Book Beginnings is a weekly meme hosted by Rose City Reader. We share the first sentence (or so) of the book we are reading, along with our initial thoughts about the sentence, impressions of the book, or anything else the opener inspires.
Amory Blaine inherited from his mother every trait, except the stray inexpressible few, that made him worth while. His father, an ineffectual, inarticulate man with a taste for Byron and a habit of drowsing over the Encyclopedia Britannica, grew wealthy at thirty through the death of two elder brothers, successful Chicago brokers, and in the first flush of feeling that the world was his, went to Bar Harbor and met Beatrice O’Hara. In consequence, Stephen Blaine handed down to posterity his height of just under six feet and his tendency to waver at crucial moments, these two abstractions appearing in his son Amory.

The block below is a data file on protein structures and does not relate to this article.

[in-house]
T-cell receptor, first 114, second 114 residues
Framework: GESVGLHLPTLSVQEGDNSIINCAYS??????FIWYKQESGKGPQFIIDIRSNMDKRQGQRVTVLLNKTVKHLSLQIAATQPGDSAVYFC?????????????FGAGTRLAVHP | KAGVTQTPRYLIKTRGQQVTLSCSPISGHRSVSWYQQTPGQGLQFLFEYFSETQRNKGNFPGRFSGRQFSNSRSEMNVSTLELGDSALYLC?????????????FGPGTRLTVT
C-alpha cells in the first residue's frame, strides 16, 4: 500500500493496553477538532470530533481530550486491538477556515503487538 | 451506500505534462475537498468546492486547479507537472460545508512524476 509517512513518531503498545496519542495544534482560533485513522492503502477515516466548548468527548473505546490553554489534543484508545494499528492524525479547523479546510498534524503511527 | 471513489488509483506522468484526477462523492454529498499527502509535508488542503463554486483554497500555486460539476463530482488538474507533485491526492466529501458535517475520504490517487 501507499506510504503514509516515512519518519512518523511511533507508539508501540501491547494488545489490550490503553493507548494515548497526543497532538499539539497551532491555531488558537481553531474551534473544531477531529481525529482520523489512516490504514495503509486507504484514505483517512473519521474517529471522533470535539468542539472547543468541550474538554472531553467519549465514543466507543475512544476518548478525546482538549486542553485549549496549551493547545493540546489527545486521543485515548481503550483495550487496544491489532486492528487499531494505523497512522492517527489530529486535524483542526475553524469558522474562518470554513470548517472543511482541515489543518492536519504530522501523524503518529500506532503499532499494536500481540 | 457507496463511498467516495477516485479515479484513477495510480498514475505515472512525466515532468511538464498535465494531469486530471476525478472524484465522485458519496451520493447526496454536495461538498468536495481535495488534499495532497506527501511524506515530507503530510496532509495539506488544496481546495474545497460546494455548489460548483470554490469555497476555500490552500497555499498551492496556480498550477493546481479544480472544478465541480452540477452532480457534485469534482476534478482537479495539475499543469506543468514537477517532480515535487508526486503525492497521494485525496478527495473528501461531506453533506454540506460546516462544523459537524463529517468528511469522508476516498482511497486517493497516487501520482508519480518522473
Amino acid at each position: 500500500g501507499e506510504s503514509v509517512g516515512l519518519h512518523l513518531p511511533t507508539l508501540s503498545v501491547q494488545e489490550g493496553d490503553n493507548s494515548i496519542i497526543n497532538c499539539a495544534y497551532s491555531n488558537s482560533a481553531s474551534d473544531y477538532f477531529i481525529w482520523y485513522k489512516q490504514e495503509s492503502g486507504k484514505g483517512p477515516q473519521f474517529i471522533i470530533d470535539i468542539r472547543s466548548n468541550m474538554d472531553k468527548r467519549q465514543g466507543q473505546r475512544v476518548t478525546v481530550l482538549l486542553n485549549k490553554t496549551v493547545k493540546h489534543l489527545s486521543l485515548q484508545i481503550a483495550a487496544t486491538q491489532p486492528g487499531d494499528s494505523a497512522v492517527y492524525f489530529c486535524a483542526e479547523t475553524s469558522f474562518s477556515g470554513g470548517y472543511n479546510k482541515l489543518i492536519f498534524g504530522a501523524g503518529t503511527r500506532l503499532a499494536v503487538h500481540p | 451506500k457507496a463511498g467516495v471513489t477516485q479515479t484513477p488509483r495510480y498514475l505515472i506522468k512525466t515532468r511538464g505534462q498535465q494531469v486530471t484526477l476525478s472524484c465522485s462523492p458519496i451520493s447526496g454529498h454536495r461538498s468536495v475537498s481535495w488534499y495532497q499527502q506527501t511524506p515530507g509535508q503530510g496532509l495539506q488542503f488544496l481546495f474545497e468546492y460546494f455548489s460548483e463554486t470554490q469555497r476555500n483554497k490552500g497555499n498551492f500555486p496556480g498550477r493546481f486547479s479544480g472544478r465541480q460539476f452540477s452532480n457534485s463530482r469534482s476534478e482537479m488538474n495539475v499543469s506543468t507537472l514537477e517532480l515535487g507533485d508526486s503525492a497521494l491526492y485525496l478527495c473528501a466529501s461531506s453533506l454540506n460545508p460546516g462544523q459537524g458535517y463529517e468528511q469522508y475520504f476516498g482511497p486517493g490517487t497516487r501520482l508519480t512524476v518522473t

This book was the debut novel for F. Scott Fitzgerald and was first published in 1920. All I know about it is that it "examines the lives and morality of post–World War I youth", according to Wikipedia. This was the beginning of the Jazz Age, The Roaring Twenties, so it should be an interesting contemporary account of the early stages.